1. Subject specific external providers

There are a number of providers of subject-specific training courses and development opportunities. Below is a short list of some of the main providers of subject-specific training. Departments may wish to invite teachers who have been on external training to feedback to the rest of the department, or to colleagues who would benefit from the information or approaches shared. This acts as a further layer of professional development. Subject professional associations offer another potential way of finding out about high quality subject-specific professional development opportunities. Often the website or professional journals of these associations provide details of current courses on offer and discounts for members are available.

Some providers of subject specific knowledge and pedagogy:

  • SSAT

http://www.ssatuk.co.uk/cpd/

  • The Prince’s Teaching Institute

http://www.princes-ti.org.uk/what-we-do/teacher-subject-days/

  • Science Learning Network

https://www.sciencelearningcentres.org.uk/

I have written elsewhere of the impact of reviewing student learning as whole department activity, either as part of a learning review or joint planning and assessment via a collaborative teaching cycle. Both of these are great subject-specific development activities, which I hope to write about again in the future.

Here is a useful link to a list of subject associations.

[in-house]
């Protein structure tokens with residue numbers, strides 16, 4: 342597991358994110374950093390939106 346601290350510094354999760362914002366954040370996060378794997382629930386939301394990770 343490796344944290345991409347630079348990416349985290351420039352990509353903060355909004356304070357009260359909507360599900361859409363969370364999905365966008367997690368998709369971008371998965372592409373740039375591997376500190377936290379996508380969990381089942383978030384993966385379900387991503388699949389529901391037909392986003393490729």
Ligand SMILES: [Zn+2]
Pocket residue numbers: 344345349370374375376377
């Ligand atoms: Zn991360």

Thanks for reading.

 

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6 thoughts on “What Makes Great Training? 10 ideas for developing subject knowledge and pedagogy

  1. Readers of this blog may be interested in the GeoCapabilities project – ‘Teachers as curriculum leaders’ – aimed at engaging geography teachers (internationally) in deeper thinking about what they teach (i.e. substantive subject knowledge) and how they use this to develop the ‘capability set’ of students via ‘curriculum making’ – a model is the same as your opening diagram with exemplification.
    GeoCapabilities uses five underpinning key ideas: (i) the capabilities approach, (ii) ‘powerful’ disciplinary knowledge (iii) powerful pedagogies, (iv) curriculum making, and (v) curriculum leadership.
    These ideas resonate with the many of the ideas you raise and discuss in this blog.
    Although initially aimed at geography teachers – the longer term intention is to enable the ‘capabilities approach’ to be applicable to other school,subjects and teachers. Below is a summary of what underpins the GeoCapabilities approach.

    Teachers need to think how specialist knowledge can be reconceptualised in the form of geography as a school subject. This requires teachers to re-engage with ‘curriculum making’ as a way of grasping the significance of specialist teachers.
    GeoCapabilities argues that geography teachers can provide access to specialist ‘world knowledge’ and ways of thinking geographically that enable young people to think the ‘yet-to-be-thought’. Or, in the words of the GA’s 2009 Manifesto, to travel with ‘a different view’. Through taking professional responsibility for interpreting the curriculum, all teachers are curriculum leaders.